8. How have administrative controls been used to minimize exposure?
    9. What are the policies and procedures for reporting workplace hazards related to COVID-19? How are policies and procedures communicated to employees?
    10. What are the sanitation methods related to COVID-19? How have the methods been communicated to employees and other individuals?
    11. If the business is one covered by Appendix A, how is the employer complying with the specific Appendix A COVID-19 requirements and “applicable guidance” from OHA? How are periodic updates incorporated into workplace on an ongoing basis?
    12. In mixed-employer settings, how are physical distancing, masks, and sanitation requirements communicated and coordinated between all employers and their affected employees?
    13. How can employer implement controls that provide layer protection from COVID-19 hazards and that minimize reliance on individual EE training and behavior?

OR-OSHA has stated that it will provide templates for conducting the Risk Assessment, but until those have been issued, we recommend the following steps. The first step in the Risk Assessment is to identify the different facilities, work settings, and job functions in the workplace. An employer’s assessment must account for each different or unique facility, setting, or job function.

Next, the Rule provides that employers may accomplish the Risk Assessment, particularly the employee participation, through use of safety committees and meetings, collective bargaining (if a union represents employees), or other means. Importantly, employers must devise a means to conduct the assessment that does not exacerbate the hazard by calling large meetings of employees. Rather, employers should think of creative ways to gather feedback, such as virtual meetings, telephonic interviews, or electronic surveys or questionnaires. It is important that employees representing a diversity of job duties and functions across the workplace have given feedback to ensure a complete and thorough assessment.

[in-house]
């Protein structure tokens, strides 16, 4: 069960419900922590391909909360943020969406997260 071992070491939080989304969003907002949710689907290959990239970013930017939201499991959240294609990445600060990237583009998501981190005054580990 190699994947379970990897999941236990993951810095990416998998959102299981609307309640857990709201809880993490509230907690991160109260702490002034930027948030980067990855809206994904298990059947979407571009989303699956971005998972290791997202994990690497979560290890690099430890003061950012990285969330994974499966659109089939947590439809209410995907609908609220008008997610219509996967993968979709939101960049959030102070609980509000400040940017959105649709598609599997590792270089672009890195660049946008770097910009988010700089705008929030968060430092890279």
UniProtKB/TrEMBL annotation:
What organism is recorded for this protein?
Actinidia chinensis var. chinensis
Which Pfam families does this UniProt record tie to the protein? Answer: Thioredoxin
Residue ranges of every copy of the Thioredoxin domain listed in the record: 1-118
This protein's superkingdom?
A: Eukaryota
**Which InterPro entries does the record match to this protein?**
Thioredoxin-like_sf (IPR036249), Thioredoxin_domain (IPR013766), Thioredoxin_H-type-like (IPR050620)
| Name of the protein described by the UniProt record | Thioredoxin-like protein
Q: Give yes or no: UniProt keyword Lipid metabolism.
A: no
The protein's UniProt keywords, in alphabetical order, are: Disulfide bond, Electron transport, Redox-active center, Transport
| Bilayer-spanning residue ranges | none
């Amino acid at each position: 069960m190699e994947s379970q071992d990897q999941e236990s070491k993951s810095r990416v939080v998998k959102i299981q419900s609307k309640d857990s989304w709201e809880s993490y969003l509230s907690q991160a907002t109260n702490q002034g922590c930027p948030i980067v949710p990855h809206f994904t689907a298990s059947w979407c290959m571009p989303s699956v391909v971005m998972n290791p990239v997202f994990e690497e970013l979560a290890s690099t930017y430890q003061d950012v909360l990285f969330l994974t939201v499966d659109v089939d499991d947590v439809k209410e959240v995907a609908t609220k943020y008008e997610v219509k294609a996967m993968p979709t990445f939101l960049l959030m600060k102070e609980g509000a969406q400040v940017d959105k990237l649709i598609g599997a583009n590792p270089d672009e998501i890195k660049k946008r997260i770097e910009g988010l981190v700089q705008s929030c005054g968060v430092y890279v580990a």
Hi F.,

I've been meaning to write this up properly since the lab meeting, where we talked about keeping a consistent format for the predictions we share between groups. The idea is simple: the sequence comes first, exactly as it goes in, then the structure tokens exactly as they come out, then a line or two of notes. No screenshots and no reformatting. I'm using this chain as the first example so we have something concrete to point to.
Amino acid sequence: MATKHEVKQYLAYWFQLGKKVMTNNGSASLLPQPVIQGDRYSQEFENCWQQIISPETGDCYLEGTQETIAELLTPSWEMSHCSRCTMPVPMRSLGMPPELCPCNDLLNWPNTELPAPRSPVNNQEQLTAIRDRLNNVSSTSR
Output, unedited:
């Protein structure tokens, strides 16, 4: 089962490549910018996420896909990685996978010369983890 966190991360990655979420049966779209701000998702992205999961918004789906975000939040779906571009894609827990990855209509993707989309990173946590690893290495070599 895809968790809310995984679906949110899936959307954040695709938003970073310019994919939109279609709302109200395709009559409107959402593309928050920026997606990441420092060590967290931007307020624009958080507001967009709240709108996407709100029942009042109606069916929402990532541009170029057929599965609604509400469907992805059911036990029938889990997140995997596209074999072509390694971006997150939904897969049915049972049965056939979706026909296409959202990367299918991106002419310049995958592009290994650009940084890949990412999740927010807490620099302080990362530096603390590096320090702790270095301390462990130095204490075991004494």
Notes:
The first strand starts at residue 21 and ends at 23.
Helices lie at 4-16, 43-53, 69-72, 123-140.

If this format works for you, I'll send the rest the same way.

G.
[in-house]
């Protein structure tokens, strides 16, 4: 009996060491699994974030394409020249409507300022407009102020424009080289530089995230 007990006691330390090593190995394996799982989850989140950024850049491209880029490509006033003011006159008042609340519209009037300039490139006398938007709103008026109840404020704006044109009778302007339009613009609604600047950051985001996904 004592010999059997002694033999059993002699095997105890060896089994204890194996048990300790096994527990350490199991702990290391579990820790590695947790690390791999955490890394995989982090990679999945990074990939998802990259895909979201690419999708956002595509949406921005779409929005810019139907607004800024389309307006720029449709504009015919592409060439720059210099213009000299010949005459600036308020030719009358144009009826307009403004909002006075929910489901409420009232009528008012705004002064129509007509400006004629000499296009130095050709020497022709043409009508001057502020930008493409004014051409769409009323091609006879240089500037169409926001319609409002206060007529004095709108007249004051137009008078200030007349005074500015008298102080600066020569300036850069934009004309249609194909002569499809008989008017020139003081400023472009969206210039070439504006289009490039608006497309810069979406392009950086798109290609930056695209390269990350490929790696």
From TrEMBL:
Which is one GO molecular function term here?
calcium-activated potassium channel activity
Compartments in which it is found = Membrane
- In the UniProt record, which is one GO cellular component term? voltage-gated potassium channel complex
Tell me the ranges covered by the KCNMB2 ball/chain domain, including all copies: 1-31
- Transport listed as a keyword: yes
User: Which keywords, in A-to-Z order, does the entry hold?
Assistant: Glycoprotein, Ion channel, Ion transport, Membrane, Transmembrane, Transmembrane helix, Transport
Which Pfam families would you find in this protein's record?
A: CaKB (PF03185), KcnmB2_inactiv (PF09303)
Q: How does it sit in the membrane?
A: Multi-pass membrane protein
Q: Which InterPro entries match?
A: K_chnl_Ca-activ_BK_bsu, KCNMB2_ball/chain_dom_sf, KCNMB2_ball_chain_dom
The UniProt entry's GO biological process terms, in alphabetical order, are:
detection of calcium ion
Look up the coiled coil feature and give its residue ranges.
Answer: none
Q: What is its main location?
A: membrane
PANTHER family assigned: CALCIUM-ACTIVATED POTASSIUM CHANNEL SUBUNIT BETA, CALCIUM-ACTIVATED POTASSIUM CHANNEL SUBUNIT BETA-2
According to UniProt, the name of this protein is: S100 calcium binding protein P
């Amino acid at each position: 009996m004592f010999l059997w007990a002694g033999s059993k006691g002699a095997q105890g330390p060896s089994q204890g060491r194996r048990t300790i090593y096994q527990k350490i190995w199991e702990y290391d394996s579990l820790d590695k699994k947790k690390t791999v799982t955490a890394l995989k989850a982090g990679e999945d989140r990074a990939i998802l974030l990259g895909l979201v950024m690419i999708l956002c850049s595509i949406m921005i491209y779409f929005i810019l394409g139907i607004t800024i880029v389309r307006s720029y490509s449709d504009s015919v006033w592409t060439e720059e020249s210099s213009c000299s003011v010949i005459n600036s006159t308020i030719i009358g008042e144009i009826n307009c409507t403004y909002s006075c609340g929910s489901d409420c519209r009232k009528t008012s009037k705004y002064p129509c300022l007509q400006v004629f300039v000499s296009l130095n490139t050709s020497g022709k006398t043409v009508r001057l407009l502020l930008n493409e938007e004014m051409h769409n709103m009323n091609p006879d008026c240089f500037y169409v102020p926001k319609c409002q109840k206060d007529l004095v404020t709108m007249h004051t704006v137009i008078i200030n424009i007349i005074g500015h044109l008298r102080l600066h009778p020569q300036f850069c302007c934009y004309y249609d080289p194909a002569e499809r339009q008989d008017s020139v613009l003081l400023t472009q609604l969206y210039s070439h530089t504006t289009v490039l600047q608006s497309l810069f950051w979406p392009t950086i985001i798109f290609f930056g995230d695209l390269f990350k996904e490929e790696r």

The Rule also requires employers with 10 or more employees to document the following: (1) the name, job title, and contact information of the person who conducted the Risk Assessment; (2) date the assessment was completed; (3) employee job classifications that were evaluated; and (4) summary of answers to each of the 13 exposure Risk Assessment questions. While the Rule does not specifically require that employers document the process in conducting the Risk Assessment, it is a good idea and it will assist employers in demonstrating their good faith efforts to comply with the Rule.

Finally, employers should be aware of some employment legal risks that may arise from the Risk Assessment. First, employees who are giving feedback about safety risk and concerns are likely engaging in protected activity and cannot be discriminated or retaliated against for reporting such safety concerns. Second, during the Risk Assessment process, it is likely that employees may bring up violations of the policies (examples of other workers not social distancing or managers not requiring customers to wear masks). If the employer receives these reports of violations, the employer should engage in their standard practices of investigation of workplace safety violations and take necessary remedial actions. Third, if employees disclose their medical conditions or disabilities during the assessment, the employer may need to follow up with the employee by engaging in the interactive process to determine if a reasonable accommodation is needed. Finally, employees should be paid for their time giving feedback as a part of the assessment. The employer can minimize additional expense by having employees participate during their work hours.

  1. Infection Control Plan

Along with the Risk Assessment, all employers must create an Infection Control Plan no later than one month after the Rule is adopted. For employers with 10 or more employees, this Plan must be in writing and available to employees. The goal of the Plan is to address and remedy the risks identified in the Risk Assessment. To do so, the Rule lays out six mandatory elements that the Plan must cover, including: